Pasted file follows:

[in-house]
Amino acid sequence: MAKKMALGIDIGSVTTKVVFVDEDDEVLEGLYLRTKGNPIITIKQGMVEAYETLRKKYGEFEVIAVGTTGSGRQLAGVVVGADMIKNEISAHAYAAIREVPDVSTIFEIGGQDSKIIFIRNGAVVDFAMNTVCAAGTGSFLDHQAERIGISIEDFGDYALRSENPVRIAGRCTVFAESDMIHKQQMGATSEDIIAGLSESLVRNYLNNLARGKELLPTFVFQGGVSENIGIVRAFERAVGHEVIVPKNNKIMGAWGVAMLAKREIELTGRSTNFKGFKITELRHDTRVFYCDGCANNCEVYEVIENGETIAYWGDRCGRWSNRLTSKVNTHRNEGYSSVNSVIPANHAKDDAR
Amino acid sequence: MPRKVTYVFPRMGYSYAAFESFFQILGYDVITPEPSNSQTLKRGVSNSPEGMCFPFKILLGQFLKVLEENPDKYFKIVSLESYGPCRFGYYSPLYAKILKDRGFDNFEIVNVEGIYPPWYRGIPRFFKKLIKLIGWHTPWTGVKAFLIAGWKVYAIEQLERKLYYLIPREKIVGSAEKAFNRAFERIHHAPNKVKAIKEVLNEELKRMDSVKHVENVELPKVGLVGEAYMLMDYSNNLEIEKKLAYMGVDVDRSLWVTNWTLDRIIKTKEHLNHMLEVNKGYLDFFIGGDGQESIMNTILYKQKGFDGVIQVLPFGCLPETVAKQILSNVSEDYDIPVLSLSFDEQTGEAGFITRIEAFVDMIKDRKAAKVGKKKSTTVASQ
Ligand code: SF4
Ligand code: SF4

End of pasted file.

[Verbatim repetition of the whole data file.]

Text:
[in-house]
Amino acid sequence: MAKKMALGIDIGSVTTKVVFVDEDDEVLEGLYLRTKGNPIITIKQGMVEAYETLRKKYGEFEVIAVGTTGSGRQLAGVVVGADMIKNEISAHAYAAIREVPDVSTIFEIGGQDSKIIFIRNGAVVDFAMNTVCAAGTGSFLDHQAERIGISIEDFGDYALRSENPVRIAGRCTVFAESDMIHKQQMGATSEDIIAGLSESLVRNYLNNLARGKELLPTFVFQGGVSENIGIVRAFERAVGHEVIVPKNNKIMGAWGVAMLAKREIELTGRSTNFKGFKITELRHDTRVFYCDGCANNCEVYEVIENGETIAYWGDRCGRWSNRLTSKVNTHRNEGYSSVNSVIPANHAKDDAR
Amino acid sequence: MPRKVTYVFPRMGYSYAAFESFFQILGYDVITPEPSNSQTLKRGVSNSPEGMCFPFKILLGQFLKVLEENPDKYFKIVSLESYGPCRFGYYSPLYAKILKDRGFDNFEIVNVEGIYPPWYRGIPRFFKKLIKLIGWHTPWTGVKAFLIAGWKVYAIEQLERKLYYLIPREKIVGSAEKAFNRAFERIHHAPNKVKAIKEVLNEELKRMDSVKHVENVELPKVGLVGEAYMLMDYSNNLEIEKKLAYMGVDVDRSLWVTNWTLDRIIKTKEHLNHMLEVNKGYLDFFIGGDGQESIMNTILYKQKGFDGVIQVLPFGCLPETVAKQILSNVSEDYDIPVLSLSFDEQTGEAGFITRIEAFVDMIKDRKAAKVGKKKSTTVASQ
Ligand code: SF4
Ligand code: SF4